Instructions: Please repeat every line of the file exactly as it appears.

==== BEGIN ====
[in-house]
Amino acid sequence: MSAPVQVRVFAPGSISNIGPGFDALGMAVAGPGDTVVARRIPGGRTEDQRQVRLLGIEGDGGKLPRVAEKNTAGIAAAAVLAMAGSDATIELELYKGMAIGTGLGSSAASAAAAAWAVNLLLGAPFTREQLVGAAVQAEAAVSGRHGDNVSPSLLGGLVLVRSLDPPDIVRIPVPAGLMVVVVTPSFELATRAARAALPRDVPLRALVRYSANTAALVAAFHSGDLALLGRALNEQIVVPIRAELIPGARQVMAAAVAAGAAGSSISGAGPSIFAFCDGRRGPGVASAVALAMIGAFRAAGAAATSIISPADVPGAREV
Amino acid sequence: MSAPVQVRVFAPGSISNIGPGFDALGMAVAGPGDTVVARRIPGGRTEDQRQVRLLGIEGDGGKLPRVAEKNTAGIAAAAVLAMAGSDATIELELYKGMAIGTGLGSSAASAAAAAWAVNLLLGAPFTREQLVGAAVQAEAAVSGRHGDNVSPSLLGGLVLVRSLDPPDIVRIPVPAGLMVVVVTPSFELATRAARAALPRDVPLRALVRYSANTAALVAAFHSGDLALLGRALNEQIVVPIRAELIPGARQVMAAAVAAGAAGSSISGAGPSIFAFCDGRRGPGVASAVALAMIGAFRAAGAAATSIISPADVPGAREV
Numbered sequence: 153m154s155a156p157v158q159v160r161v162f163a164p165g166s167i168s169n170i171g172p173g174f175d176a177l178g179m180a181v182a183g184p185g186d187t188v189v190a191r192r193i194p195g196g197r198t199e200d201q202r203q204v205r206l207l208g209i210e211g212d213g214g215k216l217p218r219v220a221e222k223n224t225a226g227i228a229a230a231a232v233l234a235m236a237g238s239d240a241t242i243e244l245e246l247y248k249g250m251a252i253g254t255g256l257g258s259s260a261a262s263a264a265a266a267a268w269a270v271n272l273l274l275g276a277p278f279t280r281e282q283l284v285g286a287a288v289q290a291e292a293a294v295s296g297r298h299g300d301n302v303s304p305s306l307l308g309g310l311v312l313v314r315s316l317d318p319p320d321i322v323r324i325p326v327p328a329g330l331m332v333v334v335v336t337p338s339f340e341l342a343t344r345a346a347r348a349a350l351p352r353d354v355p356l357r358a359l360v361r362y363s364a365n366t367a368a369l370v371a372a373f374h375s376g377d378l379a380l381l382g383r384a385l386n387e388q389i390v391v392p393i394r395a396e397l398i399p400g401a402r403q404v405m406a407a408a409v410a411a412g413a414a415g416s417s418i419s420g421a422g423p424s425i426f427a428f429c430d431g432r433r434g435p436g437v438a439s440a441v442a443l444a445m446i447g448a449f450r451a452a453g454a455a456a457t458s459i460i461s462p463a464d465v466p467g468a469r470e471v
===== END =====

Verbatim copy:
[in-house]
Amino acid sequence: MSAPVQVRVFAPGSISNIGPGFDALGMAVAGPGDTVVARRIPGGRTEDQRQVRLLGIEGDGGKLPRVAEKNTAGIAAAAVLAMAGSDATIELELYKGMAIGTGLGSSAASAAAAAWAVNLLLGAPFTREQLVGAAVQAEAAVSGRHGDNVSPSLLGGLVLVRSLDPPDIVRIPVPAGLMVVVVTPSFELATRAARAALPRDVPLRALVRYSANTAALVAAFHSGDLALLGRALNEQIVVPIRAELIPGARQVMAAAVAAGAAGSSISGAGPSIFAFCDGRRGPGVASAVALAMIGAFRAAGAAATSIISPADVPGAREV
Amino acid sequence: MSAPVQVRVFAPGSISNIGPGFDALGMAVAGPGDTVVARRIPGGRTEDQRQVRLLGIEGDGGKLPRVAEKNTAGIAAAAVLAMAGSDATIELELYKGMAIGTGLGSSAASAAAAAWAVNLLLGAPFTREQLVGAAVQAEAAVSGRHGDNVSPSLLGGLVLVRSLDPPDIVRIPVPAGLMVVVVTPSFELATRAARAALPRDVPLRALVRYSANTAALVAAFHSGDLALLGRALNEQIVVPIRAELIPGARQVMAAAVAAGAAGSSISGAGPSIFAFCDGRRGPGVASAVALAMIGAFRAAGAAATSIISPADVPGAREV
Numbered sequence: 153m154s155a156p157v158q159v160r161v162f163a164p165g166s167i168s169n170i171g172p173g174f175d176a177l178g179m180a181v182a183g184p185g186d187t188v189v190a191r192r193i194p195g196g197r198t199e200d201q202r203q204v205r206l207l208g209i210e211g212d213g214g215k216l217p218r219v220a221e222k223n224t225a226g227i228a229a230a231a232v233l234a235m236a237g238s239d240a241t242i243e244l245e246l247y248k249g250m251a252i253g254t255g256l257g258s259s260a261a262s263a264a265a266a267a268w269a270v271n272l273l274l275g276a277p278f279t280r281e282q283l284v285g286a287a288v289q290a291e292a293a294v295s296g297r298h299g300d301n302v303s304p305s306l307l308g309g310l311v312l313v314r315s316l317d318p319p320d321i322v323r324i325p326v327p328a329g330l331m332v333v334v335v336t337p338s339f340e341l342a343t344r345a346a347r348a349a350l351p352r353d354v355p356l357r358a359l360v361r362y363s364a365n366t367a368a369l370v371a372a373f374h375s376g377d378l379a380l381l382g383r384a385l386n387e388q389i390v391v392p393i394r395a396e397l398i399p400g401a402r403q404v405m406a407a408a409v410a411a412g413a414a415g416s417s418i419s420g421a422g423p424s425i426f427a428f429c430d431g432r433r434g435p436g437v438a439s440a441v442a443l444a445m446i447g448a449f450r451a452a453g454a455a456a457t458s459i460i461s462p463a464d465v466p467g468a469r470e471v